16:33    Manishearth    JSRef<T> is just a way for us to tell the GC "hold on, even if this loses all references don't delete this, I'm holding on to it for now"
16:34    Manishearth    and when we relinquish a JSRef, we tell the GC that it's okay to start GCing this object now
16:36        *** dawehner joined #servo
16:39    shinglyu    Thanks! that's very helpful explanation
16:39    shinglyu    Manishearth: I also have a question about cycle collection
16:40    shinglyu    From the first paragraph of "Auto-generating field traversals"
16:40    shinglyu    it seems like we still have cycle collection?
16:41    shinglyu    But I think the previous section "Memory management for the DOM" is saying that cycle collection is bad, and we want a better way to do this?
16:42        *** nattokirai quit (Client exited)
16:49        *** dinfuehr quit (Connection closed)
16:54    Manishearth    shinglyu: I believe the SM GC is cycle collecting ( Ms2ger ?)
16:55    Manishearth    I think the blog post is saying that we don't create an auxiliary GC to manage the DOM
16:55    Ms2ger    "cycle collection" is a term that's typically used for a particular kind of system based on refcounting
16:55    Manishearth    not sure
16:56    Ms2ger    The GC doesn't really collect cycles; it just collects everything that isn't rooted, so it doesn't even notice there are cycles in the dead objects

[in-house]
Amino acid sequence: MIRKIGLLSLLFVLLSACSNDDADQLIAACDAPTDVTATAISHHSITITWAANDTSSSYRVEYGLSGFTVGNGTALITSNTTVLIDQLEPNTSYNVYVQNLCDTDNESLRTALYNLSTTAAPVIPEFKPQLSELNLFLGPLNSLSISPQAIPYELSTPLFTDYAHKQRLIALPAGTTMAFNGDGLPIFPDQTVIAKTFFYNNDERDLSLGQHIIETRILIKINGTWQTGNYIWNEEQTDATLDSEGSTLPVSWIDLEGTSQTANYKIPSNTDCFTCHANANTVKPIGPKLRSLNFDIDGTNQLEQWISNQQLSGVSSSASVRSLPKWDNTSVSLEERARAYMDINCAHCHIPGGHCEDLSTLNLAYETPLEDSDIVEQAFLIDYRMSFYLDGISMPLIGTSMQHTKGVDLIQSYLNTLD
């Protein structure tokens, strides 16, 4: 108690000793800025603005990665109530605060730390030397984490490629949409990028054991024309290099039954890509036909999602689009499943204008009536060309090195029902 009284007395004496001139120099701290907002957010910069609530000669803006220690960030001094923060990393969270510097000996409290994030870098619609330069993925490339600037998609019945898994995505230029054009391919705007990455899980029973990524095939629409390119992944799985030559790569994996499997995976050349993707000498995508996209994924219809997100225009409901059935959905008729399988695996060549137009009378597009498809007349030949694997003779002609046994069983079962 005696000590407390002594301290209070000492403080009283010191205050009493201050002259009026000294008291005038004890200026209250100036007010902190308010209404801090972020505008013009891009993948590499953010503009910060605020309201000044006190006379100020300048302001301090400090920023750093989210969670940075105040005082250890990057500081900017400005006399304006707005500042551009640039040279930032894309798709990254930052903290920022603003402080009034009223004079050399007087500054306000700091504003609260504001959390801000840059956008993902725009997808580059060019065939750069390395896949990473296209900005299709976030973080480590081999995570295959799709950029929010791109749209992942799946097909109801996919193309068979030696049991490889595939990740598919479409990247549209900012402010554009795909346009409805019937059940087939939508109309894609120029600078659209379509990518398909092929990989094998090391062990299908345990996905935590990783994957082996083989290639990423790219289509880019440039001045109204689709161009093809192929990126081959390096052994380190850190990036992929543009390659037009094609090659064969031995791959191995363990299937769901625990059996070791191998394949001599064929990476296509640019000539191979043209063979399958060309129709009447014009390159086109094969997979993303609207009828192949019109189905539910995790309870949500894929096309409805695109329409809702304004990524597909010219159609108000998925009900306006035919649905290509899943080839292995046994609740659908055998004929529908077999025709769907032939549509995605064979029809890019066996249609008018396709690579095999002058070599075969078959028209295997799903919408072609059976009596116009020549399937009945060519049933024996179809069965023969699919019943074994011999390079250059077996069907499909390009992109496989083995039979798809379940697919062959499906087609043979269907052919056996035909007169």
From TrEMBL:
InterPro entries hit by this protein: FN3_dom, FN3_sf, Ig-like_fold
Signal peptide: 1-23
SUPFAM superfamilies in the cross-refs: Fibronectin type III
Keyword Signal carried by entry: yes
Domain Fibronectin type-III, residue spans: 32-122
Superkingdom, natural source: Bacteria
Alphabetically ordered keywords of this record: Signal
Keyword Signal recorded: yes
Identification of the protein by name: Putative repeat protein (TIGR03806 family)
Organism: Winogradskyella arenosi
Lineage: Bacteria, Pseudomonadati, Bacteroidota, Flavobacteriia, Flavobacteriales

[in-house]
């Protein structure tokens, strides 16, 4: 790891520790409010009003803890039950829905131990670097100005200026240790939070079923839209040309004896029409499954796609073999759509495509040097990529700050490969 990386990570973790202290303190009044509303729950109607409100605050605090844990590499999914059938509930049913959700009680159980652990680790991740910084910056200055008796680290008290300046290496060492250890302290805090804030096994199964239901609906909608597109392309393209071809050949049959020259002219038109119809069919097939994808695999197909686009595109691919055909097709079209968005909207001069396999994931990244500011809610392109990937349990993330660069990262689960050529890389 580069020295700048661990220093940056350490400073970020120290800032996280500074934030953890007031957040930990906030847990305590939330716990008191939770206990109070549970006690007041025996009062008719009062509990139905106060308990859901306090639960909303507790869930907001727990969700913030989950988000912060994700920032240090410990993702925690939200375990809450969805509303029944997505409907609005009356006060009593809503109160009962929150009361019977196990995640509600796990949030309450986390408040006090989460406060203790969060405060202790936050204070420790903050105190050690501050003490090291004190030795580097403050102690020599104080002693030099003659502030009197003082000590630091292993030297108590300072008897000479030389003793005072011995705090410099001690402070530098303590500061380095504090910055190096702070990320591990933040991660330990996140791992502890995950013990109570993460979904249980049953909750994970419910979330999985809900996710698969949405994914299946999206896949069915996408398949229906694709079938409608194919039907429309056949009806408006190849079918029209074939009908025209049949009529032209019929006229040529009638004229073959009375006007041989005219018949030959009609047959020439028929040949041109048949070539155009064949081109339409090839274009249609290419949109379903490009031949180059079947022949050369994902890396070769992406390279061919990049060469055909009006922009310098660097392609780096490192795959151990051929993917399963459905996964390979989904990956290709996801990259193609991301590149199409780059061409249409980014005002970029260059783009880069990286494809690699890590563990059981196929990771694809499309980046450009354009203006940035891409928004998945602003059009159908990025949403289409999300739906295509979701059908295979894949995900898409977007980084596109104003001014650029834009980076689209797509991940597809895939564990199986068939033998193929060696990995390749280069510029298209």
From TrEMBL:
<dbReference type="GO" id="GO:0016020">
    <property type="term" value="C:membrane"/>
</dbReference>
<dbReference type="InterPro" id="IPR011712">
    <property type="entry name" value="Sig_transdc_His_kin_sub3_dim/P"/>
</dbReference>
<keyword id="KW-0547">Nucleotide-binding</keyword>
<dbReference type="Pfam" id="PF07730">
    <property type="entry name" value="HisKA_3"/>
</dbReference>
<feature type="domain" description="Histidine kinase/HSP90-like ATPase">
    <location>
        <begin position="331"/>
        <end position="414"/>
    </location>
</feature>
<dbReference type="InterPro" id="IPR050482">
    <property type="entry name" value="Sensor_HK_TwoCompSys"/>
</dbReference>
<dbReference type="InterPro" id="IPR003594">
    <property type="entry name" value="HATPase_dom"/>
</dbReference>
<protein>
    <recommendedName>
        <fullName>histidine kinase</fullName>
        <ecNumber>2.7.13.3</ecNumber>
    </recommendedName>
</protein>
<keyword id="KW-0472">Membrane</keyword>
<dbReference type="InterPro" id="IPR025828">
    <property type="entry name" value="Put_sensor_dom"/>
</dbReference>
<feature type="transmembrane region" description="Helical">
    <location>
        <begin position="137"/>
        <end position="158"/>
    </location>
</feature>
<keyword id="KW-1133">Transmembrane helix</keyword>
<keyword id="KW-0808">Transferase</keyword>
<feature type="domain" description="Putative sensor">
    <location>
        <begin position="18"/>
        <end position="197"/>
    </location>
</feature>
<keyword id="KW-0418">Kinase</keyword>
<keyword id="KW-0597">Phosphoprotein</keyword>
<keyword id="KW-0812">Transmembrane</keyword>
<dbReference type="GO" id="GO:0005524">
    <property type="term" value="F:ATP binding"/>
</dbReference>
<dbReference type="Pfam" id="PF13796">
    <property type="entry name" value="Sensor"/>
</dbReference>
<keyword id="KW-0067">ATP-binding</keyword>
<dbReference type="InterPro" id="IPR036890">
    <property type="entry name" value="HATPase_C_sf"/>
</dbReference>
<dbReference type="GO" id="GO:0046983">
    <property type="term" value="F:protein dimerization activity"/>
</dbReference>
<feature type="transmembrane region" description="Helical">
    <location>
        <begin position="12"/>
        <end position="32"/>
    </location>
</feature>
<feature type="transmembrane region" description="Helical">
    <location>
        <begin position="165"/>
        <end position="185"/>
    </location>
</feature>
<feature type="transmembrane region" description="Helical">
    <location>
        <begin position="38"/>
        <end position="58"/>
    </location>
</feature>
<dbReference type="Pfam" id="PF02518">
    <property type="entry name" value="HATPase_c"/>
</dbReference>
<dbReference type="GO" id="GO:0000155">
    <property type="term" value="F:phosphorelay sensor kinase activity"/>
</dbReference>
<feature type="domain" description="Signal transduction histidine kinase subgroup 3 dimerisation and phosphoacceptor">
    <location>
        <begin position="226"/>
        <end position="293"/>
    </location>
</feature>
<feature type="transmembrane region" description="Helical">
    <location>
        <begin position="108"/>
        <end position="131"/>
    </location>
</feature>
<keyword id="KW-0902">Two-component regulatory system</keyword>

16:58    SimonSapin    SpiderMonkey’s garbage collector is a "tracing" garbage collector
16:58    SimonSapin    while CPython for examples uses reference counting with a cycle collector.
16:58    SimonSapin    these are two kinds of garbage collectors
16:58    Manishearth    ah okay
16:59    Manishearth    so SM just goes around marking rooted stuff
16:59    Manishearth    and cleanung up non-rooted stuff
16:59    Ms2ger    Well, two kinds of automatic memory management
16:59    Manishearth    what does cycle collecting do?
16:59    Ms2ger    "garbage collection" is often reserved for the tracing kind
17:00    Ms2ger    So if you have a dead cycle with refcounting, none of the objects reach a refcount zero
17:00    Ms2ger    CC detects that case, and force-deletes those objects
17:00    SimonSapin    Manishearth: I don’t know how CC works in CPython
17:00    Ms2ger    Manishearth, also, r? #5741
17:00    crowbot1    Issue #5741: Use get_attr_for_layout more. -
17:03    Manishearth    later, studying
17:05    shinglyu    I read the whole blog post again, now I believe it's trying to say "Instead of ref counting + cycle collector, we use the hooks in Encodeable trait to let GC know all the pointers between DOM objects"
17:05        *** Nekit1234007 joined #servo
17:07    Manishearth    note: we don't use Encodable anymore
17:07    shinglyu    Oh, what's the new mechanism then?
17:10    SimonSapin    a special-purpose Traceable trait with a compiler plugin to implement in automatically
17:11    shinglyu    SimonSapin: components/script/dom/bindings/
17:12    Manishearth    yep
17:13    shinglyu    Hmm, so the mechanism looks similar
17:14    Manishearth    it's the same, just not so hacky
17:14        *** acgtyrant quit (Ping timeout: 121 seconds)
17:14    shinglyu    Manishearth: Great, thankss